On Thursday we had our youth led workshops & creative workshops. We had breakfast on the campus and then did an hour on Equity in Environmental Justice. We first did an “I Am Poem” which was actually pretty hard to write out but was very beautiful to reflect on your own story. Afterwords we all split up into 12 groups and did some defining of words then we came back together to read our words and definitions out loud. The words Social Justice, Food Justice, Environmental Justice, Community Ownership, Resilience, Cooperatives, Equity, Inequity, Collective, Culture, Environmental Justice, System and Action. My groups word was system and we came up with some really good definitions. Groups came up with really great definitions for the 12 words.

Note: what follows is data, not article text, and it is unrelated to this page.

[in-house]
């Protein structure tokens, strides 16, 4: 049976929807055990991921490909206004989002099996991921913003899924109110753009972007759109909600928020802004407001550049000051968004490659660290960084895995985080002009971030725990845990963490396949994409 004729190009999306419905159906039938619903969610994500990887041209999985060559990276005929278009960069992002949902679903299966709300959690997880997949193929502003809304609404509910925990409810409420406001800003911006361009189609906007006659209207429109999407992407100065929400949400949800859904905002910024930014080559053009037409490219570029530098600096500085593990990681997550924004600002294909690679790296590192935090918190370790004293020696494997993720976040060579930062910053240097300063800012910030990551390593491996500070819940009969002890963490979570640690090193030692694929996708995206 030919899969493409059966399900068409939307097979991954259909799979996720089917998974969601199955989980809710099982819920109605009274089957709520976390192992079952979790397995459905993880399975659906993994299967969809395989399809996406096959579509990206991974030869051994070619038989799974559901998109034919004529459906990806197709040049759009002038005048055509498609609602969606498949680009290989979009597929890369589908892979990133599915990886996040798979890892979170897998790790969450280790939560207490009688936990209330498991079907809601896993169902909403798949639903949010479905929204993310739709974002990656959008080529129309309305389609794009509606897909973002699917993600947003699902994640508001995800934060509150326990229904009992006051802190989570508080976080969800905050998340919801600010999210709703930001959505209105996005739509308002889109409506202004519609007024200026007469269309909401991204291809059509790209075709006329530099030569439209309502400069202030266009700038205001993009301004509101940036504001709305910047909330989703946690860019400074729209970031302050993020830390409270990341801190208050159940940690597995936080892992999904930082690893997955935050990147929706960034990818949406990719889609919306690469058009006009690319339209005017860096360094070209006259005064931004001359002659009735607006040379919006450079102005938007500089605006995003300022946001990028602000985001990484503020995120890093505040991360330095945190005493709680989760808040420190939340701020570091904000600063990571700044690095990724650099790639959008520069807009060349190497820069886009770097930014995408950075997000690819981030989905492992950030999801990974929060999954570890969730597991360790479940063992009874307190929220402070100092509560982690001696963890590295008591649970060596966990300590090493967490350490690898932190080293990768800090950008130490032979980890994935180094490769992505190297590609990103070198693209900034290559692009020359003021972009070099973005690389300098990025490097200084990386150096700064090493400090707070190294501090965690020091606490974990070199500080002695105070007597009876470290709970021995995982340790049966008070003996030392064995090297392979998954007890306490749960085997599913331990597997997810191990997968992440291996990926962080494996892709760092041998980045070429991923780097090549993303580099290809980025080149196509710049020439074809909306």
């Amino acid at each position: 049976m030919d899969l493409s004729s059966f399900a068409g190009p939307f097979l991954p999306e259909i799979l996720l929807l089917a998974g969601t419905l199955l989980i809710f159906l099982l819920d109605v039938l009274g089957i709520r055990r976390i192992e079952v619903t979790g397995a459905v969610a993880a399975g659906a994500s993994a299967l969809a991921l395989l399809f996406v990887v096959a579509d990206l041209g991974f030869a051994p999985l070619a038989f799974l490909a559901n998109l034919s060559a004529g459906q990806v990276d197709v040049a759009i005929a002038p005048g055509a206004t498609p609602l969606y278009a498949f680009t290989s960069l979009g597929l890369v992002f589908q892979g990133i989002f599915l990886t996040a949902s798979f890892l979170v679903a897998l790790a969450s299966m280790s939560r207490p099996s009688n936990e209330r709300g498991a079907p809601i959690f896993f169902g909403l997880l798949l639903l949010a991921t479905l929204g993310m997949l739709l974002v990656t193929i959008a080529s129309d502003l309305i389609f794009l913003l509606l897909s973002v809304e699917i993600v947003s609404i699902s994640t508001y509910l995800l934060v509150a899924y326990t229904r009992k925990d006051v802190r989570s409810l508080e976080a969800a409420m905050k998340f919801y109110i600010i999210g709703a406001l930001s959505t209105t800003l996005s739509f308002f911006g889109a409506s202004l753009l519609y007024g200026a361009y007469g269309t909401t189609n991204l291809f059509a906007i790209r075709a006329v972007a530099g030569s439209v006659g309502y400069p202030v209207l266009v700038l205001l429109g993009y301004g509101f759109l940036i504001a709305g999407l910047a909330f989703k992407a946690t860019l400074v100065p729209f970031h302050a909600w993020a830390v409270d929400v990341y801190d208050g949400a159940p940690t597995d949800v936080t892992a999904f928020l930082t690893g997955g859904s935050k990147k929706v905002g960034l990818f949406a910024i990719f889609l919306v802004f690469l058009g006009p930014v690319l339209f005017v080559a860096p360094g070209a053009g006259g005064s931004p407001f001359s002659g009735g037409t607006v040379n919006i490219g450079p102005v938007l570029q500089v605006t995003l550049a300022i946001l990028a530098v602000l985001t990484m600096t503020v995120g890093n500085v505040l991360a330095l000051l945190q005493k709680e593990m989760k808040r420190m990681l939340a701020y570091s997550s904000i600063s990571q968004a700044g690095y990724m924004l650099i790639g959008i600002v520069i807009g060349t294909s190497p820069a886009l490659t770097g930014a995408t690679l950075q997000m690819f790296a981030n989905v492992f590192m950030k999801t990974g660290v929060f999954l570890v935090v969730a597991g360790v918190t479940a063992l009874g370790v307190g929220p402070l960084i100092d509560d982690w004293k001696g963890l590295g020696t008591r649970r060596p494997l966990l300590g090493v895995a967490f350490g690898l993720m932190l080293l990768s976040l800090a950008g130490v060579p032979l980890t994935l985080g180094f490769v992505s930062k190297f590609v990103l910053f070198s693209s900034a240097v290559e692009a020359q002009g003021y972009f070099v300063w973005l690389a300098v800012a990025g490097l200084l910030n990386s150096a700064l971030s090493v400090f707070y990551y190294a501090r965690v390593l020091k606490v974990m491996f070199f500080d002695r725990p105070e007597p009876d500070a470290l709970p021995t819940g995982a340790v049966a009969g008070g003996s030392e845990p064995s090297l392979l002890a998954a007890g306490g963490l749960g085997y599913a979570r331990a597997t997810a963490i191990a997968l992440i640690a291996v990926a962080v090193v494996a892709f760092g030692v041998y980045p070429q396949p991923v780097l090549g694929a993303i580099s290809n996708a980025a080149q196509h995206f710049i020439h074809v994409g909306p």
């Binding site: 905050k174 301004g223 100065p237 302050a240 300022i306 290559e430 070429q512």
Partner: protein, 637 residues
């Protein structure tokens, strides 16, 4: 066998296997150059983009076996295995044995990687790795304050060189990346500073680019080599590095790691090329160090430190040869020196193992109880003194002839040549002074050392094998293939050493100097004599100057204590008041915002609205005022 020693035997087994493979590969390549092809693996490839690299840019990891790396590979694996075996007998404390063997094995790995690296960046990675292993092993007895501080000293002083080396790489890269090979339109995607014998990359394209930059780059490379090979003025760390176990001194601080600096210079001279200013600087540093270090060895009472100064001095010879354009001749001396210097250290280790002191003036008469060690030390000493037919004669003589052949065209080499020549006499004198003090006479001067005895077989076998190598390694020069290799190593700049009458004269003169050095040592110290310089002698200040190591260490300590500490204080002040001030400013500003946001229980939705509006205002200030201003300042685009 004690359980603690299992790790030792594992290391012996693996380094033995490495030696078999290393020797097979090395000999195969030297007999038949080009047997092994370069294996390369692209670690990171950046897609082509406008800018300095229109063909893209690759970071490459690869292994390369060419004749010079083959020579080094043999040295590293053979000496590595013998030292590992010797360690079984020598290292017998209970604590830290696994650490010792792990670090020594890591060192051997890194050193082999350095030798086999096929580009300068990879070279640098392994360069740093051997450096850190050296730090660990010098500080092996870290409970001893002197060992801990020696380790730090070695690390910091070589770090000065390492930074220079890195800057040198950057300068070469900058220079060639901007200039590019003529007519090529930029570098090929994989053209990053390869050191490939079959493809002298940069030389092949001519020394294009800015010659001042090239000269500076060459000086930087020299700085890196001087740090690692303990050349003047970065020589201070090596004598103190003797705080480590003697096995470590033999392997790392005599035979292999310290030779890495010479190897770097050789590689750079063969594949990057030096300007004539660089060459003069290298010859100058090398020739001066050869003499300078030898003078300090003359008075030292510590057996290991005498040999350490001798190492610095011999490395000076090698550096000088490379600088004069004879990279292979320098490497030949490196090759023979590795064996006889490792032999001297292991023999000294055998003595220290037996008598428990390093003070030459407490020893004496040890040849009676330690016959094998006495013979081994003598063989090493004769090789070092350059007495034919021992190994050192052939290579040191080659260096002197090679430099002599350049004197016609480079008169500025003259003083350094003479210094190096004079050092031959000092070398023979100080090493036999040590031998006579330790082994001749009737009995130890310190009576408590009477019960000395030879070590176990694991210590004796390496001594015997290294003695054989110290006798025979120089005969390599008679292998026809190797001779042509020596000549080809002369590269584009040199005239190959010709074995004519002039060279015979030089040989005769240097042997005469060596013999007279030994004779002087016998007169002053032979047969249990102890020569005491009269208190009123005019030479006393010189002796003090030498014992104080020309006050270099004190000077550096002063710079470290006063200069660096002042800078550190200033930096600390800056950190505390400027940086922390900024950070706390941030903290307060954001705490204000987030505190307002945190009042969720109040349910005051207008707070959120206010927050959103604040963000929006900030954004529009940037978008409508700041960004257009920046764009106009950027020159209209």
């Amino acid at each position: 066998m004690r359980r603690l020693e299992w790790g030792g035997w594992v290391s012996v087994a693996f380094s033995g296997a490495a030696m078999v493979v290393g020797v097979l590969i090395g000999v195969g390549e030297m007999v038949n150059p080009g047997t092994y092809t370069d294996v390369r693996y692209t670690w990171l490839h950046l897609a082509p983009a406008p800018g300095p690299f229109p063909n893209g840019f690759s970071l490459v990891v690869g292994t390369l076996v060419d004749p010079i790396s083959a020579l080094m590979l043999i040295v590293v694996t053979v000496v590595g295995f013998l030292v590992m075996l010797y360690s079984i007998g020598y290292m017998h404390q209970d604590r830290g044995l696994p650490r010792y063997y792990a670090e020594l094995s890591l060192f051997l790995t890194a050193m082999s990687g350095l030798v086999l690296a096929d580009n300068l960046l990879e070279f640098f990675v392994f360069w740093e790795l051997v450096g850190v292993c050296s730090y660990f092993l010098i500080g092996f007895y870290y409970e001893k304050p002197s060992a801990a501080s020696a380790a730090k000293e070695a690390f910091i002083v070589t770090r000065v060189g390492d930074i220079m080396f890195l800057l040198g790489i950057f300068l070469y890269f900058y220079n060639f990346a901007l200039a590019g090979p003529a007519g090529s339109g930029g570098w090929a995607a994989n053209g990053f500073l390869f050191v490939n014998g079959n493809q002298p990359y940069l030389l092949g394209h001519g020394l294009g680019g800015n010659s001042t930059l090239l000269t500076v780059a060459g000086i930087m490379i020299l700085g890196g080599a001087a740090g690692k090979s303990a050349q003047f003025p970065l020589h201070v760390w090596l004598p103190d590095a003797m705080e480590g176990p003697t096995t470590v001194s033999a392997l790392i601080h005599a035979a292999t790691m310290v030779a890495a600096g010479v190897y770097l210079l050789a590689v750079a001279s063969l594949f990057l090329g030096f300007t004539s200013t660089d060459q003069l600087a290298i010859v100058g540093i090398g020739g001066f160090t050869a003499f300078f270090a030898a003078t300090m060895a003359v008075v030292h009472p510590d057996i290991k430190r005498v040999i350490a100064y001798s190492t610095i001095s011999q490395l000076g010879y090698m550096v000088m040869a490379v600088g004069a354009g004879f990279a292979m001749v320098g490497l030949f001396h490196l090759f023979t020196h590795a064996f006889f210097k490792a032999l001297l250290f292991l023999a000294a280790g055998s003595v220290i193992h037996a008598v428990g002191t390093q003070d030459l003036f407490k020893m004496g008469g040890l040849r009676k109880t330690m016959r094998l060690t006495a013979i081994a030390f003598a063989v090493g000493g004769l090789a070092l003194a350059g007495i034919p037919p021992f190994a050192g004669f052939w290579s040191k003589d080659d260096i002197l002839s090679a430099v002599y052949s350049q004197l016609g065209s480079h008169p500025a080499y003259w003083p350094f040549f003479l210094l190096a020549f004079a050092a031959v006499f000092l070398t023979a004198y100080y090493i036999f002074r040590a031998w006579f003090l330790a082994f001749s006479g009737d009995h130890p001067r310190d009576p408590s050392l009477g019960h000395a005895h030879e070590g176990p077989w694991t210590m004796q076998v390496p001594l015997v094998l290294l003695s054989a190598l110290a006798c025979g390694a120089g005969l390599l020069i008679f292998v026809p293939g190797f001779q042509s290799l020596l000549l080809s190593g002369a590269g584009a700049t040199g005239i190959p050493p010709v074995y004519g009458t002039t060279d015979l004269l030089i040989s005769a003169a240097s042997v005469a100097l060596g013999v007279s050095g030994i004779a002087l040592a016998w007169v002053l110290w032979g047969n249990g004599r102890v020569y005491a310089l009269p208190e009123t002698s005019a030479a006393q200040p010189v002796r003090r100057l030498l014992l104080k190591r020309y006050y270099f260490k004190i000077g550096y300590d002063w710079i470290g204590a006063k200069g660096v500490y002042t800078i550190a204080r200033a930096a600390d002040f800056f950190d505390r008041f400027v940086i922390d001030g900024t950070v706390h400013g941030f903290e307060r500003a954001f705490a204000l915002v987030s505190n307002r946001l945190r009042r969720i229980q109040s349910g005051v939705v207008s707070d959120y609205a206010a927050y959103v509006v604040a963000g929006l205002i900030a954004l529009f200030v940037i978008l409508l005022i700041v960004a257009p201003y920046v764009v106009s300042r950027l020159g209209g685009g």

Once the Equity in Environmental Justice workshop was over we then went into the youth led workshops. Next was lunch and then the second round of youth led workshops. After workshop block two ended Alyzza did a talk on 7 Principles of Cooperatives and then people broke into their block three workshops which were the creative writing and art workshops. It was then dinner time and then we had the last workshops of the day which included dance, poetry writing & a movie.

Friday was our field trip day and people slit up into many different field trips including a Greensboro History Tour, Food Systems in Greensboro & Triangle Migration and Food Tour.